Australia – in Keneally's reportage – certainly reciprocated Dickens's interest in it. And it's part of Plorn's sense of self-doubt that he, unlike just about everyone he meets from bush-rangers to potential brides, hasn't read and can't quote substantial chunks of his father's books. As one store-keeper puts it, “It's astounding that you are the closest thing to the great magician himself. The dazzling civiliser of rough men like me! In the remotest huts he brings us to noble tears and evokes a sensibility we did not know we possessed”. Needless to say, Australia treats Dickens's death as a major event demanding a State commemoration, and his two transported sons are iconic figures at that moment. Indeed, the mere fact of Plorn's ancestry relieves Momba Station from the depredations of amazingly reverential bush-rangers.

In a Dickensian manner, and in an appropriate pastiche of the master's own literary style, Plorn's 'application' eventually leads him "to penetrate those armies of paragraphs" that make up 'David Copperfield'. It's part of an ending to the tale that tries perhaps a little too hard to reconcile Plorn with a father who died before hearing news of this application. But then Keneally revealed to me that he's “tempted” to follow up 'the dickens boy' with more of Plorn's life and times – hopefully married to the lass he's set his heart on, but, sadly, not in truth starring in either the wealth or the politics of the Colony.

Apparently, he nearly became Western Australia's Protector of Aborigines and might have done a better job than the notorious AO Neville. But Keneally believes Plorn's career fell foul of both the bush running out of the luck of its Aboriginal inheritance of waist-high natural grasses through over-grazing and hardening of the soil, unhelped by drought in the 1880s and 90s, and his inability to go all the way with the burgeoning labour movement in the shearing sheds and the mines. But I found a fascinating reference to young Dickens in the 'Western Grazier' of 1910 regretting that rural cricket had fallen in a heap since the days when “EBL Dickens used to bring in his doughty men from Mt Murchison Station properly garbed.....and three of his best men were dusky denizens of the soil – local Ranjitsinghs, wasting their sweetness on a soil of which they were the proprietors, if they had the power to enforce their rights”.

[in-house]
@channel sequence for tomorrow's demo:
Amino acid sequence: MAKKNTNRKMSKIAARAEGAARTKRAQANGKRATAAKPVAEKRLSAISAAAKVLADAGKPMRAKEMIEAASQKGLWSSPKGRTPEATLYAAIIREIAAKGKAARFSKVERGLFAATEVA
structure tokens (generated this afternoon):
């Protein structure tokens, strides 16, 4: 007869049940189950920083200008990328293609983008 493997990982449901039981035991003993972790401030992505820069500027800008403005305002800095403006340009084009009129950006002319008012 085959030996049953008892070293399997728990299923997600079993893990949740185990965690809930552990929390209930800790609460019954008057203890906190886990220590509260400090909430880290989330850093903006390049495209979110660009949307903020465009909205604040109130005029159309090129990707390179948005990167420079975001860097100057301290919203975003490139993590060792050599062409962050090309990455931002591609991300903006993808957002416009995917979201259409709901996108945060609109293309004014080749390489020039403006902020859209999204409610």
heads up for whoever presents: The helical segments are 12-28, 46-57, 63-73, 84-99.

How did Dickens himself become informed about Australia? Tom Keneally refers obliquely to his informant in the book – Baroness Coutts, whom he persuaded to set up a home for fallen girls who could then be redeemed in Australia. Caroline Chisholm was his local connection. “Australia was a good place for redemption”, Keneally assesses. “By the 1840s it had become apparent that convicts were finding salvation, so Dickens concluded that you could send any rough trade out to give them a chance”.